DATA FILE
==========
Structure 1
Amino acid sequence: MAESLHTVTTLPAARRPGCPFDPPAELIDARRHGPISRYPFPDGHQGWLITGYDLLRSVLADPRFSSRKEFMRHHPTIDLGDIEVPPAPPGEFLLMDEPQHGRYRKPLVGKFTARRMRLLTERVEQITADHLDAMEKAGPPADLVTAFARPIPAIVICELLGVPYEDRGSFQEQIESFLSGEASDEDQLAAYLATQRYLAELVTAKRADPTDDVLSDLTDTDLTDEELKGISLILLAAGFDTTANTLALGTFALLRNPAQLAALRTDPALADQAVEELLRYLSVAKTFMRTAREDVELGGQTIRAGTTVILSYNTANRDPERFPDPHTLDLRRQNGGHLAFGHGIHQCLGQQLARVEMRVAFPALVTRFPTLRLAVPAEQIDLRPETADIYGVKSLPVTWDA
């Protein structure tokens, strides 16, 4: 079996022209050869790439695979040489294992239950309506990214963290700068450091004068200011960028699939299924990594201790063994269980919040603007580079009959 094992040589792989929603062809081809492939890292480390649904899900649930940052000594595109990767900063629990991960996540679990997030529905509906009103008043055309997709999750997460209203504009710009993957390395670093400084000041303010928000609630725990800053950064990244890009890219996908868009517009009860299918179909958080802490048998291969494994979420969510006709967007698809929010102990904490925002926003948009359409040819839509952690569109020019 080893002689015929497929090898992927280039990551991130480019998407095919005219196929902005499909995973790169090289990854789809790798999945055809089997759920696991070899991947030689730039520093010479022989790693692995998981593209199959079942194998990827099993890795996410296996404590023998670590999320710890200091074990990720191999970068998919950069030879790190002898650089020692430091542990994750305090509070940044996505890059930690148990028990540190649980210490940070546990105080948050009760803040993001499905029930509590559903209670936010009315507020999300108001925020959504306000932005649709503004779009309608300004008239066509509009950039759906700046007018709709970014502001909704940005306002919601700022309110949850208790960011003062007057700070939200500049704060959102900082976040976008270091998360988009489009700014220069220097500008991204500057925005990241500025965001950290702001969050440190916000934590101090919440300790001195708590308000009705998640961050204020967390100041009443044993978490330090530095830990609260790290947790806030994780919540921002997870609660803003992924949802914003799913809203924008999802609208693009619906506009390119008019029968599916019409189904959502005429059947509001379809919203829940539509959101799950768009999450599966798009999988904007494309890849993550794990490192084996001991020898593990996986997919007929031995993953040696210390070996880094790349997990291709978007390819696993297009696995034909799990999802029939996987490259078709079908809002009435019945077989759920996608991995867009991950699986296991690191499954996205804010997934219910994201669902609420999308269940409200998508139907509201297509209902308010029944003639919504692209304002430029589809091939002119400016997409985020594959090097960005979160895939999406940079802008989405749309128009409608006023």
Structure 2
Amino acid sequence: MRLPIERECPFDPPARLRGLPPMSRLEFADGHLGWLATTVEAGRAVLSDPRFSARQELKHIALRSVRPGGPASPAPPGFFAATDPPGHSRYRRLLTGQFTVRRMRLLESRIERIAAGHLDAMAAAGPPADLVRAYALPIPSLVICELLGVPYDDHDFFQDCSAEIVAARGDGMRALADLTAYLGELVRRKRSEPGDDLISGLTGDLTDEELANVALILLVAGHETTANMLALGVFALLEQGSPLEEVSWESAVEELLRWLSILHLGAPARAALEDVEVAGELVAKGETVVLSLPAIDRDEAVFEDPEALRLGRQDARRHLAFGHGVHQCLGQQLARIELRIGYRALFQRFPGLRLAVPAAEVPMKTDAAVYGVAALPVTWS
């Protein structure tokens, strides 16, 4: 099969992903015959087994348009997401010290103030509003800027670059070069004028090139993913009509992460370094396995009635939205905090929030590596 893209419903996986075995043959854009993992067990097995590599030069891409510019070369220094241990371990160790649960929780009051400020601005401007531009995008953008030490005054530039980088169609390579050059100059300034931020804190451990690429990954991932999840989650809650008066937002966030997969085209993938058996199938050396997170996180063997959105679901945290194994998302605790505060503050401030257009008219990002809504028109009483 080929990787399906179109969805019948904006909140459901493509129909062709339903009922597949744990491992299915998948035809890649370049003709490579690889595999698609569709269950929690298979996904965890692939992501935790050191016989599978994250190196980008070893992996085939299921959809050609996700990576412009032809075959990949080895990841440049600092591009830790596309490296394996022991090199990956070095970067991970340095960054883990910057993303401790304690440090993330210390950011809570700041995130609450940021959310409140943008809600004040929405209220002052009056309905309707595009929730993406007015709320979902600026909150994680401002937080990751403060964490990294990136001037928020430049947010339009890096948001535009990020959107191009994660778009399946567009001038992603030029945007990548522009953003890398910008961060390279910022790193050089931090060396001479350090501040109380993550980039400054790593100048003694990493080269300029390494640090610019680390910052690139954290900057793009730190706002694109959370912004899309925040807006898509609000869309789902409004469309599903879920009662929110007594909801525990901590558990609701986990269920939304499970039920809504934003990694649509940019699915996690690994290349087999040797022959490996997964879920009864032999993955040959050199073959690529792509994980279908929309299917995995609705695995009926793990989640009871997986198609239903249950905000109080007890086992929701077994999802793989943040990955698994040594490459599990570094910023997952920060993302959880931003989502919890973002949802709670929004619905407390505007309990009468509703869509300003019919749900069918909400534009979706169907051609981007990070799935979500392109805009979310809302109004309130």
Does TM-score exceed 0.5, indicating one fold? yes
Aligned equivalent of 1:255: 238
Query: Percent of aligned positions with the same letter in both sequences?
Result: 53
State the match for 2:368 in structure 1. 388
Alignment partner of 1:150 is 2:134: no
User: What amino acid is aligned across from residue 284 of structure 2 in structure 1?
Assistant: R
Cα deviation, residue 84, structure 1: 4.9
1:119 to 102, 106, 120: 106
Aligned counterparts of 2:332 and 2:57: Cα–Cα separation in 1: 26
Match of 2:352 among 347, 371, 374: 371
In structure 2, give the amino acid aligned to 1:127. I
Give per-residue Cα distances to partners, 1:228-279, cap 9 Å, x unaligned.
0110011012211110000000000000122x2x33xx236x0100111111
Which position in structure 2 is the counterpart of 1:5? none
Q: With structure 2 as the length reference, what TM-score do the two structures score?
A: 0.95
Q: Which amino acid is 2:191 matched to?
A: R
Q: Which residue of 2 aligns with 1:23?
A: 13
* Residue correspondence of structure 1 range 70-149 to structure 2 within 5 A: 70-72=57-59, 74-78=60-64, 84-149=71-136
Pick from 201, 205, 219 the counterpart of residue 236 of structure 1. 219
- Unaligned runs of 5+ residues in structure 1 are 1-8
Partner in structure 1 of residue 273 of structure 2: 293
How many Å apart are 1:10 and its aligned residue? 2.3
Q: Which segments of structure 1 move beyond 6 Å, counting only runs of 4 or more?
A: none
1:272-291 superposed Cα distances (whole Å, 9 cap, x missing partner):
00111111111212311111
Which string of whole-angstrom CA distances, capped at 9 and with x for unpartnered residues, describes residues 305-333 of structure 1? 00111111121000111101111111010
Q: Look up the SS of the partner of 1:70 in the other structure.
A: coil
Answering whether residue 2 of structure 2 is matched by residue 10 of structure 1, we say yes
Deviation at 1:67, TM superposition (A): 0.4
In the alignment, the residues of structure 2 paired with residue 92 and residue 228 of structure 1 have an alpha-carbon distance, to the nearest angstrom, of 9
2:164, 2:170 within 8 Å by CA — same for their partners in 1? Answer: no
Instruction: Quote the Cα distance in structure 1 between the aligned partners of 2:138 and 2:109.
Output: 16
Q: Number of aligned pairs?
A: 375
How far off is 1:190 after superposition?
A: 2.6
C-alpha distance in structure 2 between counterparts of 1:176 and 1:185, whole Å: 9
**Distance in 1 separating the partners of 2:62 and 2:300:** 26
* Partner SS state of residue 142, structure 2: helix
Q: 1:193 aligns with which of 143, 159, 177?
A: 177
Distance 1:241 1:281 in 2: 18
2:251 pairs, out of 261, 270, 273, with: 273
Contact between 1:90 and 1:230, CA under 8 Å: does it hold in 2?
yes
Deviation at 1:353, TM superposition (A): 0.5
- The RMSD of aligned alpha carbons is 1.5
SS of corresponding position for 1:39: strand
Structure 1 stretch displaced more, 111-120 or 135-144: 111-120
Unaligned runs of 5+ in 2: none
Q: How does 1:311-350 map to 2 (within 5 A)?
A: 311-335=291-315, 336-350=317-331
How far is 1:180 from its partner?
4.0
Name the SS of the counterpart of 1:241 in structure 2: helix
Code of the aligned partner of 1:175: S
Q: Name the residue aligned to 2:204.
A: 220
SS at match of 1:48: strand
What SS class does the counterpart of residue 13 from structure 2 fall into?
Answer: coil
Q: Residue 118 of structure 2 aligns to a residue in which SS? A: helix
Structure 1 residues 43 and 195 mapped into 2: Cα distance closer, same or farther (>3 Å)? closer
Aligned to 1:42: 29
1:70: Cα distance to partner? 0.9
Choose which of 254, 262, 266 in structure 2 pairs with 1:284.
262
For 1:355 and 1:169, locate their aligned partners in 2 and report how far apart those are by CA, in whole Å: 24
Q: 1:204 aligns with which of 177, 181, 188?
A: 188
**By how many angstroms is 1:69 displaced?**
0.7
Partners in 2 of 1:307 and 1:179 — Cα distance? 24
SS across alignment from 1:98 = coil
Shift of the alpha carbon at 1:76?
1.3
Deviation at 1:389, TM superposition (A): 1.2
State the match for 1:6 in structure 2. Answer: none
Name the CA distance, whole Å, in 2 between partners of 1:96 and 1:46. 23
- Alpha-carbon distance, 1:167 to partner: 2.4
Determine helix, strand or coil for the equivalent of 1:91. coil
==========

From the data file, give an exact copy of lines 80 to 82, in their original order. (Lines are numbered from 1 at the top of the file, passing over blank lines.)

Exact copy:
Choose which of 254, 262, 266 in structure 2 pairs with 1:284.
262
For 1:355 and 1:169, locate their aligned partners in 2 and report how far apart those are by CA, in whole Å: 24